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Pitt Provided the Perfect Fit for 2022 Chartiers Valley WR/S Abe Ibrahim

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It’s been Abe Ibrahim’s dream to play college football and compete for a Heisman Trophy since he was a young kid, but as little as two years ago, he didn’t think he’d even have a chance to play football at the collegiate level.

Entering Ibrahim’s senior season at Chartiers Valley High School in Bridgeville, Pa., his only offers to continue playing football at the next level were from Division II Slippery Rock and Division III Carnegie Mellon. The 6-foot-2, 200-pound athlete had always dreamed of Pitt for his academic opportunities, but it didn’t appear like the opportunity to play football was in the cards.

Until a breakout senior season as a two-way wide receiver and safety with the Colts.

“Pitt, growing up, was one of the schools I wanted to go to just for academics,” Ibrahim told PSN. “Two years ago, I was not even really thinking about playing football, didn’t think I’d have the opportunity to do so.

“After this year, after a great season, thank God, (Pitt) reached out, (and I) got that PWO,” Ibrahim said. “And I just thought if I’m going to go there for academics, why not do both and play football as well?”

Ibrahim caught Pitt’s attention after a dominant season in which he caught 49 passes for 832 yards and five touchdowns on offense and recorded 83 tackles (41 solo) and a tackle for loss on defense — setting records for receptions and receiving yards in a single season. And Pitt offered him a preferred walk-on opportunity, one that he couldn’t pass up.

“I can’t see myself not playing football,” Ibrahim said. “I couldn’t live with the thought of what if I didn’t play, so I can’t pass an opportunity like that. It’s a once in a lifetime opportunity, and I’d be pretty stupid to pass that up.”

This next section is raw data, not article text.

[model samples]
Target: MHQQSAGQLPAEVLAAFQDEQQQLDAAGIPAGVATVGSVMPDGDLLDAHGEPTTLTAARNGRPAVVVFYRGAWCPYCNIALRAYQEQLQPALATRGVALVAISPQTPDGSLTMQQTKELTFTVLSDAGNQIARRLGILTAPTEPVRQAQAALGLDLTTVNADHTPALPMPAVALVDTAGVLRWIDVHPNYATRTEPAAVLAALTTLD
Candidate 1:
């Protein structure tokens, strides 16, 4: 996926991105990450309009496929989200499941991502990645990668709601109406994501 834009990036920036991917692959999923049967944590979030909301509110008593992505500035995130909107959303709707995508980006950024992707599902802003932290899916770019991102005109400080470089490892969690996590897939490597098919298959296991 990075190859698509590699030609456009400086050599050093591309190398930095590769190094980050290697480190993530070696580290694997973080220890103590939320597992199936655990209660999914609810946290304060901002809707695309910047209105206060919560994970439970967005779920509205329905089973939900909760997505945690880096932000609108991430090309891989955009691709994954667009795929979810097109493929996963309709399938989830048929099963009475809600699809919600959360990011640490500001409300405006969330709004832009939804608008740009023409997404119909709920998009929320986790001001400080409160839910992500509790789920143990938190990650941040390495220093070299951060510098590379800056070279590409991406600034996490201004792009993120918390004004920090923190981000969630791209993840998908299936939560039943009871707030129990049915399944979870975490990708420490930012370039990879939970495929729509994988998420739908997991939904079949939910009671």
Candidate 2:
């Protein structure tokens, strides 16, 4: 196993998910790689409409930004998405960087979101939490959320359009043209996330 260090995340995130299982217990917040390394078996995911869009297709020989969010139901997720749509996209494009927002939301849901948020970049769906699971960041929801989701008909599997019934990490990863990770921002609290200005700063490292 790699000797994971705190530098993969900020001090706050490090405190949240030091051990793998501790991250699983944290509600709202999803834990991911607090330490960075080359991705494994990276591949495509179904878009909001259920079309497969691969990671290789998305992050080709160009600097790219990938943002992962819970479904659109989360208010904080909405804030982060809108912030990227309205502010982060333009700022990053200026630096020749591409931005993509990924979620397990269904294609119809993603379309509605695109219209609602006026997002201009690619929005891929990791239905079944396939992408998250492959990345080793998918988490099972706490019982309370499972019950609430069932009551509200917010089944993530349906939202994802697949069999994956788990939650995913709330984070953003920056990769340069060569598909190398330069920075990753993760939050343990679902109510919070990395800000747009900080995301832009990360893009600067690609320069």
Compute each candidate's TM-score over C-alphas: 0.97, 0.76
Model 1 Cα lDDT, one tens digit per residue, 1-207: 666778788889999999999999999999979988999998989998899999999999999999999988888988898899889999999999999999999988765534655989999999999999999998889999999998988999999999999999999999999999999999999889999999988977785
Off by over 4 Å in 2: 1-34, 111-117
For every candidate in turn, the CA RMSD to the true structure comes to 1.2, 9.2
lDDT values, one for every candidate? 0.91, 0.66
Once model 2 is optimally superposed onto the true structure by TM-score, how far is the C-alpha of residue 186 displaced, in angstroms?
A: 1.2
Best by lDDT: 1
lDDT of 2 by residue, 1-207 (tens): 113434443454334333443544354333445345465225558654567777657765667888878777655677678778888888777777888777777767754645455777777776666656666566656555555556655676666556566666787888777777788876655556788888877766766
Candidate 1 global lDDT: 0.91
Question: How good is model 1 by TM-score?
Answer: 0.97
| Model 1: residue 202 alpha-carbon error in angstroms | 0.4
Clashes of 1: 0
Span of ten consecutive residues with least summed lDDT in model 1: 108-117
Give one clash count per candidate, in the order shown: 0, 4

However, Ibrahim wouldn’t have just taken an opportunity to continue his academic and athletic career at Pitt if the circumstances didn’t make sense for him. It just so happened that Pitt wound up being the perfect fit across all facets of his college decision.

“Whenever I went down there and met the coaching staff and everything, no matter where you come from, they all treat you the same — which is amazing,” Ibrahim said. “And when I went on the visit, I felt like I was at home. I know it’s cliche, but that’s probably the one most important thing, feeling like my down there and it was just a great experience.”

With the opportunity to play football and go to school at a place that feels like home, it also doesn’t hurt that home is only about 10, 15 minutes down the road from Pitt either.

Karlo Zovko, Pitt’s assistant director of player personnel, was the main voice in Ibrahim’s decision to come home to Pitt. Zokvo visited Chartiers Valley a couple of times in-person to meet with Ibrahim, and in hearing about Pitt’s program and what the coaching staff had to say about him, a strong bond was developed.